Nanaimo students perform true-to-life story off streets

Times Colonist (Victoria)
Adrian Chamberlain

Thursday May 13, 2004

A Nanaimo high-school play -- inspired partly by the Pickton pig-farm murder case -- accurately portrays the brutal lives of prostitutes, says a former sex trade worker.

Special to Times Colonist

Life among the sex-trade workers is the subject of a play written and performed by students at Nanaimo's Dover Bay high school. Here Whitney Rodgers tries to haul Coleen Weaver upright. 

Brenda Omichinski, 43, was favourably impressed after seeing i have a name, a new drama created by students at Nanaimo's Dover Bay secondary school.

"It did seem real, a lot of the parts did," said Nanaimo's Omichinski, who for 28 years was a prostitute and drug addict in Vancouver and Nanaimo. "I thought it was amazing. I cried from the beginning to the end."

She is among a handful of former sex trade workers interviewed for the school project, which was researched, written and acted by Dover Bay students. i have a name, slated for a Friday night public performance at Esquimalt secondary school, takes an unblinkered look at the underground lives of prostitutes -- even portraying real-life tragedies.

Performed by female students aged 15 to 18 from Nanaimo's middle-class Hammond Bay district, i have a name depicts sex trade workers as regular folk with ordinary goals and aspirations. At the same time, the 45-minute work doesn't flinch from the squalor of drug addiction or the plight of women whose remains were unearthed at the Pickton farm in Port Coquitlam.

i have a name concludes with a monologue taken from the journals of Sarah de Vries, whose DNA was founded on the farm following her 1998 disappearance from Vancouver's East Side.

"(The play) does address the disappearances, the beatings and the murders," said Hugh Anderson, a 51-year-old drama teacher who directed and helped create the play. "It examines the progress into the pit of drug use."

The students created i have a name after deciding to explore the theme of sexual exploitation. It was first performed in February at a Parksville drama festival. Since then, the play has been staged in Nanaimo to mostly positive reactions, despite disturbing subject matter and profane language, said Anderson. i have a name has been performed at Dover Bay school (outside school hours because of its language) and at Malaspina University-College.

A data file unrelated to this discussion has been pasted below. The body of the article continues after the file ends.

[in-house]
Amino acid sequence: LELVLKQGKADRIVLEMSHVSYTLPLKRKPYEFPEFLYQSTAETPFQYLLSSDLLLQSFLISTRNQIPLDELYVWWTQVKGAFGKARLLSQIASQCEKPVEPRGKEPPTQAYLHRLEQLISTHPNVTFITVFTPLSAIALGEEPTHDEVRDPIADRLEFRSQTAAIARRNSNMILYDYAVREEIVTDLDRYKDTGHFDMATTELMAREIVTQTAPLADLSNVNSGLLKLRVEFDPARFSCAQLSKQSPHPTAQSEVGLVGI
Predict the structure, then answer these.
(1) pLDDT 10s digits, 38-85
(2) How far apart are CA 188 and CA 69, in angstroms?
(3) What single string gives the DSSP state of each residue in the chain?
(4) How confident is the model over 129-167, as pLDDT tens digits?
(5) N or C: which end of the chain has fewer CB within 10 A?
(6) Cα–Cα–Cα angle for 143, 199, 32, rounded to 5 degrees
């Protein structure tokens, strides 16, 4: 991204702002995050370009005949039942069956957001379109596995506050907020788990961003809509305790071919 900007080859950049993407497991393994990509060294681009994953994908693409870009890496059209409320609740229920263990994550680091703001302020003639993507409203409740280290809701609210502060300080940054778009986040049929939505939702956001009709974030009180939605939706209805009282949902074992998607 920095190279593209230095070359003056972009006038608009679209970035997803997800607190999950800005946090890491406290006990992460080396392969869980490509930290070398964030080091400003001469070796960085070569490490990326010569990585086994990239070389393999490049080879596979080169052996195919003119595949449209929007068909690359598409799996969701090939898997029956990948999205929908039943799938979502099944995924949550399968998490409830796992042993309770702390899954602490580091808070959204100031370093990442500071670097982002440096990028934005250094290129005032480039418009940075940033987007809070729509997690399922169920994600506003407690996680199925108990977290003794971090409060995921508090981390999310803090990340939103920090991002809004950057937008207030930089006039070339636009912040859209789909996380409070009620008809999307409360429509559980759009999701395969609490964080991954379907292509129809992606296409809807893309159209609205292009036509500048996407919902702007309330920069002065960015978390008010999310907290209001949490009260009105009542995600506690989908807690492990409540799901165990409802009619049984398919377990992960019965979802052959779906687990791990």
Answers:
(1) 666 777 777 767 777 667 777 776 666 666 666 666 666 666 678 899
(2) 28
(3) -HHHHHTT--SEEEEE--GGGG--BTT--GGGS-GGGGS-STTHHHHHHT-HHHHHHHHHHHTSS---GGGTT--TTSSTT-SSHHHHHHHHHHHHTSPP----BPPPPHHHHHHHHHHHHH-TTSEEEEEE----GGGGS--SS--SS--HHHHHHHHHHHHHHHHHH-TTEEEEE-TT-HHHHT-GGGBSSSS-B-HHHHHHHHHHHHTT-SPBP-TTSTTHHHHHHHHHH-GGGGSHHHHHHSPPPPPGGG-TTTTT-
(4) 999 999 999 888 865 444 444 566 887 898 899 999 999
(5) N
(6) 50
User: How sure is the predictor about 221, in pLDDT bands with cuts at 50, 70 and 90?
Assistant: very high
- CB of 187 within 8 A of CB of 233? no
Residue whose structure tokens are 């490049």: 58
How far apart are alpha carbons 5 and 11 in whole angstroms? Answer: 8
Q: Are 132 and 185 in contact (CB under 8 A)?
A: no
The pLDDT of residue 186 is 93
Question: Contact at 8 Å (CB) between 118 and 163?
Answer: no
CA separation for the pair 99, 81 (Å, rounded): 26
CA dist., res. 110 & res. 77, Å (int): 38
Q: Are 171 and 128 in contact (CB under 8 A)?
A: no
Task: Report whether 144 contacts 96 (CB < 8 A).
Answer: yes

Anderson was relieved when, following the first public show, former sex trade workers said i have a name has the ring of truth.

"We were a little worried someone was going to walk up and say, 'This is bullshit.' And they didn't."

Cast member Amber Bonner, 18, said she initially viewed the play's subject matter with distaste.

"You have the stereotype of a hooker with her hooker boots and her miniskirt. All that has changed for every one of us," she said.

"All of my friends (now) know they are not to say the word 'whore' around me, because I will go off."

Bonner plays a prostitute in i have a name. Her parents were supportive as "they know it's just a role." She said i have a name is a bold departure from Departure Bay school's usual theatrical fare. Recent productions include Footloose, about teens who love to dance, and Crazy for You, a George Gershwin revue.

The play portrays a horrific incident that happened to Omichinski when she worked the streets. The former sex trade worker -- now a volunteer at women's transition houses -- found herself taking care of a friend suffering the effects of drug withdrawal. Omichinski was poised to step into the car of a prospective client when her companion took her place, insisting she felt better.

"She took the car that actually stopped for me. They found her dead in a trunk of that car later on that night," said the native of Fort Saskatchewan, Alta. "I realize how close it had come. Because you risk death every time you walk into that, every time you go into a car."

i have a name depicts another real-life event -- the time Omichinski waited in vain for nine days to get a space at a crowded detox centre. She spent much of the time withdrawing on the floor of a friend's apartment.

Omichinski particularly likes the fact i have a name shows prostitutes as human beings.

"We do have feelings. It's not that we're trying to hurt anybody. We hurt ourselves more."

After the Esquimalt performance, i have a name will be performed May 27 at Vancouver's East Cultural Centre. There will be a question-and-answer period following Friday's show. Proceeds go to Victoria's Prostitute Empowerment Education and Resource Society (PEERS).


What: i have a name

Where: Esquimalt Secondary School (theatre),

847 Colville Rd.

When: Friday, 7 p.m.

Tickets: By donation ($5 minimum)

Courtesy of

Times Colonist - Victoria



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Updated: August 21, 2016